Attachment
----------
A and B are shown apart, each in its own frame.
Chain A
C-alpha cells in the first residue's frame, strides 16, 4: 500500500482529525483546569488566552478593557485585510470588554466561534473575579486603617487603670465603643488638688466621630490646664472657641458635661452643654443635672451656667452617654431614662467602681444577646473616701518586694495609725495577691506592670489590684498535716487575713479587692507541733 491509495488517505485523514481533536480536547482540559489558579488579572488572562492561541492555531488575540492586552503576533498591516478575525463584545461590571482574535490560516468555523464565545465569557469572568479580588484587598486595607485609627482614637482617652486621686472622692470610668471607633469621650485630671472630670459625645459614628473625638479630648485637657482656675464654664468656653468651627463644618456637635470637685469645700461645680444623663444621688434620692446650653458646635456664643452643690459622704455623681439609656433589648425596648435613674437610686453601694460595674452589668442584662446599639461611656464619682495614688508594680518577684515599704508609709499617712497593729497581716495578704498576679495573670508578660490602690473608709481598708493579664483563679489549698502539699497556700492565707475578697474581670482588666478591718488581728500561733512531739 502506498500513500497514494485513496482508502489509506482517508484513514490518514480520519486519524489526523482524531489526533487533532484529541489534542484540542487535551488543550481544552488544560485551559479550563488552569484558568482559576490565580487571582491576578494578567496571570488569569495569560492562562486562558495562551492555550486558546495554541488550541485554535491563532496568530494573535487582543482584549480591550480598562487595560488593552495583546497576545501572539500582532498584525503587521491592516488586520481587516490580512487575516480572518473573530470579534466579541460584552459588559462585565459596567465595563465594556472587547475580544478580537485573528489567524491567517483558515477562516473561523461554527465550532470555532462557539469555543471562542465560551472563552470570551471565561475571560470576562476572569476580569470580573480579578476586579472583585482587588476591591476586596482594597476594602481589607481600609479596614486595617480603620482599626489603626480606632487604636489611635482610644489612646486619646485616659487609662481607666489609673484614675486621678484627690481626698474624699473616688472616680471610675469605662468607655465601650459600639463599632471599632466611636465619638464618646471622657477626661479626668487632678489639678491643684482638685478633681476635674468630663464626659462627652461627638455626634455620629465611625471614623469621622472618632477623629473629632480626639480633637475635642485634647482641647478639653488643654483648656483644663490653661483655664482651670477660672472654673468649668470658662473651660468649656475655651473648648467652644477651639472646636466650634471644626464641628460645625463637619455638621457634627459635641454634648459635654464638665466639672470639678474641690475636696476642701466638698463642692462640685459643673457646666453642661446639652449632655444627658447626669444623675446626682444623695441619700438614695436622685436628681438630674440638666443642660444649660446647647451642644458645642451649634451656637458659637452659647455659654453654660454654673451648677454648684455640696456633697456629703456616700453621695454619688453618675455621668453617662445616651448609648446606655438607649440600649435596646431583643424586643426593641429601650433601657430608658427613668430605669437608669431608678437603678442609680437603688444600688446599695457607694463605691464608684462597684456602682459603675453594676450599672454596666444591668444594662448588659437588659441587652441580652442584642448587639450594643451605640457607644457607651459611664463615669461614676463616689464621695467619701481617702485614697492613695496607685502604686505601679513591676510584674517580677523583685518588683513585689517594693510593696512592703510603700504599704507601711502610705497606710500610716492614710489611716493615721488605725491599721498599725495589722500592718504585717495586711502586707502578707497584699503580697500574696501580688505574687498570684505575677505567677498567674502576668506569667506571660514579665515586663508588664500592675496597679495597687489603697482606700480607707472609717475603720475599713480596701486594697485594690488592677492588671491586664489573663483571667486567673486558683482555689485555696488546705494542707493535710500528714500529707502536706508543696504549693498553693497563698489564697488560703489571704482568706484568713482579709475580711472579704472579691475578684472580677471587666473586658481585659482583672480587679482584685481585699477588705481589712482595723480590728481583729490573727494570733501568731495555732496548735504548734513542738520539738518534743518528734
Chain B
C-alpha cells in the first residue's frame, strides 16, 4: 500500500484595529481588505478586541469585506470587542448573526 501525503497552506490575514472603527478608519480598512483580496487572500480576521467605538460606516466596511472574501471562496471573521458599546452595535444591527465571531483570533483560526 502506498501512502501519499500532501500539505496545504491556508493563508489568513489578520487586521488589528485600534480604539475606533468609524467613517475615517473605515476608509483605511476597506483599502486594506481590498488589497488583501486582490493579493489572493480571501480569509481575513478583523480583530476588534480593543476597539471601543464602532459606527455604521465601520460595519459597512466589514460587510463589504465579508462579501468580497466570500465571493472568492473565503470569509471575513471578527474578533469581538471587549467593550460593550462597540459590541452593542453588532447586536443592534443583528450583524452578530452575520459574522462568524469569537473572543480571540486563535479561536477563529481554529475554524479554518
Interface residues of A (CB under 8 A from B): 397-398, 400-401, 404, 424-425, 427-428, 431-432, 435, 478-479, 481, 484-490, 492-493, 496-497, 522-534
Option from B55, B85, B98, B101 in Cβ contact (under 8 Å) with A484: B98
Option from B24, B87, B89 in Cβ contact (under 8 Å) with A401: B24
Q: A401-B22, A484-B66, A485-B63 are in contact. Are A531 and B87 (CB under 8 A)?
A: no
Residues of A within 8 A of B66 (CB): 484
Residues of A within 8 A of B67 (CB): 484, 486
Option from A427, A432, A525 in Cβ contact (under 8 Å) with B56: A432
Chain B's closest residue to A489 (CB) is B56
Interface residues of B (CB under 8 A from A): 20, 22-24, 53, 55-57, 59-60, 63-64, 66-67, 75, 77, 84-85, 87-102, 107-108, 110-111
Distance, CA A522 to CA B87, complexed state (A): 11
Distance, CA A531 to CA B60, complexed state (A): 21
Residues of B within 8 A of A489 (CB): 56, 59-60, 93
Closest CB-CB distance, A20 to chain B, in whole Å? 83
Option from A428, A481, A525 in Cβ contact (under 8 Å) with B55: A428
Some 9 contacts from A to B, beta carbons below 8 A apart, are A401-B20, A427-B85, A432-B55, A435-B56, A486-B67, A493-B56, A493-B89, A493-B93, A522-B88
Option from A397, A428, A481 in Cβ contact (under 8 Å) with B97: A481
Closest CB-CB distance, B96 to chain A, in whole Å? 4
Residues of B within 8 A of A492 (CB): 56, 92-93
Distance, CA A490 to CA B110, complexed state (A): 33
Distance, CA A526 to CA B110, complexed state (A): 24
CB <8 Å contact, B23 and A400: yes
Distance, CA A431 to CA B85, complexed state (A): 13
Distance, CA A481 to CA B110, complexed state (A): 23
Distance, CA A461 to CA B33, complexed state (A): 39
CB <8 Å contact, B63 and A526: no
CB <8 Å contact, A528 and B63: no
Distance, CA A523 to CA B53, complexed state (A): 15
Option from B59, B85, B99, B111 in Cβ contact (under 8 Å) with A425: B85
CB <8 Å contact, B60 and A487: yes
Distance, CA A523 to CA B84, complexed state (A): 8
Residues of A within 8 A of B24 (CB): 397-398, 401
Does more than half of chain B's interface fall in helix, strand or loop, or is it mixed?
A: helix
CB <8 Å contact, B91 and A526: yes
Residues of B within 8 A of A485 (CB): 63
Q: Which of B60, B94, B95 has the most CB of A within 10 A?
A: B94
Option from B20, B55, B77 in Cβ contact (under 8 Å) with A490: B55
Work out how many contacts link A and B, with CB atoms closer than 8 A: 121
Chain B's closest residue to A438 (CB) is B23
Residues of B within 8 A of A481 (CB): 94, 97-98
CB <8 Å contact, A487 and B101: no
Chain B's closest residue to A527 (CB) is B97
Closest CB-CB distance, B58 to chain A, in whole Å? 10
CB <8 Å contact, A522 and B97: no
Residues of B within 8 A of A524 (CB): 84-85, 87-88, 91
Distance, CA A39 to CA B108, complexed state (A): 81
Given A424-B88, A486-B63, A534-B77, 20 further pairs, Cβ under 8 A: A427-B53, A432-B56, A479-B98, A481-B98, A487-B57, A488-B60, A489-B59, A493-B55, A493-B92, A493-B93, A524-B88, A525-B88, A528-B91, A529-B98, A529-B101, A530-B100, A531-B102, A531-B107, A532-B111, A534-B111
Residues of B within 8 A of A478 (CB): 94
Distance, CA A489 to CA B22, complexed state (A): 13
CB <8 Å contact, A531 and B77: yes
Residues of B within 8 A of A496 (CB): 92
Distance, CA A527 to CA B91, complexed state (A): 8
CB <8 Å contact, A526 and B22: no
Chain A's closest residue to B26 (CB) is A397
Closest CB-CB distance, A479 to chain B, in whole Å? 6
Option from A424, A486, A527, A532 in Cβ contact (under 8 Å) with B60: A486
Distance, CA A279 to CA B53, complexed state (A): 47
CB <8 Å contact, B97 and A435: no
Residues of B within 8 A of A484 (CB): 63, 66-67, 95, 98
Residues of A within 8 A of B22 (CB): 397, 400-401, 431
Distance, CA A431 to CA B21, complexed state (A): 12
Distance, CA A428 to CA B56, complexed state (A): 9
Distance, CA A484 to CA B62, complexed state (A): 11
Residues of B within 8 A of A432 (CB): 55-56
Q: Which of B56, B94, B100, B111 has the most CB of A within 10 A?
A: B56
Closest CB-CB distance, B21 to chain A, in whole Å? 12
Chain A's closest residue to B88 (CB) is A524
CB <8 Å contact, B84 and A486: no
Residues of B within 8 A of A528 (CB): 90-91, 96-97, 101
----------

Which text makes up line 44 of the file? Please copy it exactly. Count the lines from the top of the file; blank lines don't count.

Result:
Option from B20, B55, B77 in Cβ contact (under 8 Å) with A490: B55